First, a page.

Reinforce the student immediately after he performs the prompted response. Next, remove the cup from the table, replace it on the table, and say, 'Cup.' This starts a new trial, and the removal and replacement of the cup ensures a discrete and suc­cinct stimulus presentation, facilitating the stu­dent's attention to the stimulus. Keep the interval between trials at 1 to 3 seconds. After 3 to 4 suc­cessful prompted trials, gradually and systematically fade the prompt in subsequent trials by, for example, performing less and less of the model or pulling more and more lightly on the student's hand and releasing his hand sooner and sooner before it reaches the cup. Next, slowly transfer from a man­ual or model prompt to a less intrusive prompt such as pointing to the cup. Then fade this prompt as well. Reinforce each correct response whether or not it is prompted, but maximize reinforcement for unprompted trials. When the student responds correctly without prompting in 5 out of 5 or 9 out of 10 trials, proceed as described below.

Continue to present mass trials of SD1, re­peatedly presenting the same SD in each trial. Introduce a slightly more difficult component by placing the cup in a different location on the table on each trial. Vary the position of the cup in relation to the student so that the cup is placed on the left side of the table on one trial, the right side of the table on another trial, and so forth. This step is introduced to help avoid position cues and facilitate the student's scan­ning for the object. After 3 to 4 unprompted correct responses in a row, go on to Step 2.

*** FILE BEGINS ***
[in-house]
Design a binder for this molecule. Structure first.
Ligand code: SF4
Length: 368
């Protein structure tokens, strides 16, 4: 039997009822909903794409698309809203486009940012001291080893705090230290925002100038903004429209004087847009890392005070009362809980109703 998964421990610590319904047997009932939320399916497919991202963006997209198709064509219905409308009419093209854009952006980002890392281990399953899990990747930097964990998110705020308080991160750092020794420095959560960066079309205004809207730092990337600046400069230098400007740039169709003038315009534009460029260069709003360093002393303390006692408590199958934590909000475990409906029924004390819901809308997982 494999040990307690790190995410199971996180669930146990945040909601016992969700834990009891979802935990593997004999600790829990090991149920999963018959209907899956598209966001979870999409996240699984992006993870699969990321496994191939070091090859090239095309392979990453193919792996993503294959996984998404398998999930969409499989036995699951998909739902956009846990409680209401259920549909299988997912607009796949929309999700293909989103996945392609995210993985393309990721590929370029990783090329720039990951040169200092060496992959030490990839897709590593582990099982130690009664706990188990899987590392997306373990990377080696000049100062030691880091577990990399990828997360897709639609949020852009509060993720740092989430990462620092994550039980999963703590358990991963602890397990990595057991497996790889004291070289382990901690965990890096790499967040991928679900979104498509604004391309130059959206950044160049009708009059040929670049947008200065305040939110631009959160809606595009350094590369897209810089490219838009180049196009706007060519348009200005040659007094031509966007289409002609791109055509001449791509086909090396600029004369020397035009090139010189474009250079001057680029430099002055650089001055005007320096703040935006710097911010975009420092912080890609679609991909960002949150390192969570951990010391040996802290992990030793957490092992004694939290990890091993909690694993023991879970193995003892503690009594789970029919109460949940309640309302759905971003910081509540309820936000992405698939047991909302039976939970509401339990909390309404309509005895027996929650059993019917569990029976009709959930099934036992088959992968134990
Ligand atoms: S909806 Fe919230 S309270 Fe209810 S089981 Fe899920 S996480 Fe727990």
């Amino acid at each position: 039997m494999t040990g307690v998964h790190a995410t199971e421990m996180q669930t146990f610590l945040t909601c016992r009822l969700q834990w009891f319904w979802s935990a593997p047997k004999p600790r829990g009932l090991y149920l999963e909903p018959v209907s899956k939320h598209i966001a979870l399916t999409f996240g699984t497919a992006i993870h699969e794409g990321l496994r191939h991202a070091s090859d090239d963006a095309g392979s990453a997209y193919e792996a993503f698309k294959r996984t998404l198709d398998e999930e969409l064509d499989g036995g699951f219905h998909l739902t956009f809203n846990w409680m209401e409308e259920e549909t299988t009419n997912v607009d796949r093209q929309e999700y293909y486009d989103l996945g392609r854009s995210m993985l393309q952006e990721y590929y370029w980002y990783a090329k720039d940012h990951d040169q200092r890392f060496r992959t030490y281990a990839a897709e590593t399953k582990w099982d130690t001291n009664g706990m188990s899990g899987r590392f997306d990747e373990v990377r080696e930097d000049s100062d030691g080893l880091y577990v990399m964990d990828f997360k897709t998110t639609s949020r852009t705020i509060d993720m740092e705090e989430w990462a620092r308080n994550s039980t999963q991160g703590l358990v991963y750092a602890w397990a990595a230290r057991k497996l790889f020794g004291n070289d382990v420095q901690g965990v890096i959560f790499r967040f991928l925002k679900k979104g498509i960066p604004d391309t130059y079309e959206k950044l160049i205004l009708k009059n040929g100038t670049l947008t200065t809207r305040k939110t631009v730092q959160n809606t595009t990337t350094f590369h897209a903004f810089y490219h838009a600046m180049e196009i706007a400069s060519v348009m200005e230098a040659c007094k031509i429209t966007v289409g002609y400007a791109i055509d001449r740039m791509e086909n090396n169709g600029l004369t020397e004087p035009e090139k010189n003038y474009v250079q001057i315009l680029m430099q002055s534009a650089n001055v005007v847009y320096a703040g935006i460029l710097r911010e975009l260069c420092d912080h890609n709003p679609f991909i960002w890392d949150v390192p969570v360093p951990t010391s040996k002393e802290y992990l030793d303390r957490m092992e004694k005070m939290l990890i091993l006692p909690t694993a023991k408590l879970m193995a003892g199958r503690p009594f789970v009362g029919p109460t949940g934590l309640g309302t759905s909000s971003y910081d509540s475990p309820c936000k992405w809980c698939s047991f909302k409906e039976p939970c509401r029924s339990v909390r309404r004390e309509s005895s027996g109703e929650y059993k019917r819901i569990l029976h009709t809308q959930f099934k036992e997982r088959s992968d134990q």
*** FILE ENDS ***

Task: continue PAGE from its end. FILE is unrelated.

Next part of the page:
Keep in mind that at this point the student has yet to learn to identify a cup as a cup. The student might touch any object when instructed, 'Cup.' The steps that follow are introduced to help the student discriminate (attend to the differences) among objects. To facilitate this discrimination, the second object taught to the student should look different from the first object taught and it should have a name that sounds different from the label of the first object. For example, a glass would not be an ideal second object to use because it looks similar to a cup. Likewise, a cat would not be ideal as a second object because its label sounds similar to the word cup. A shoe may be a good second object to teach because it looks different from a cup and its label sounds different as well.

► Step 2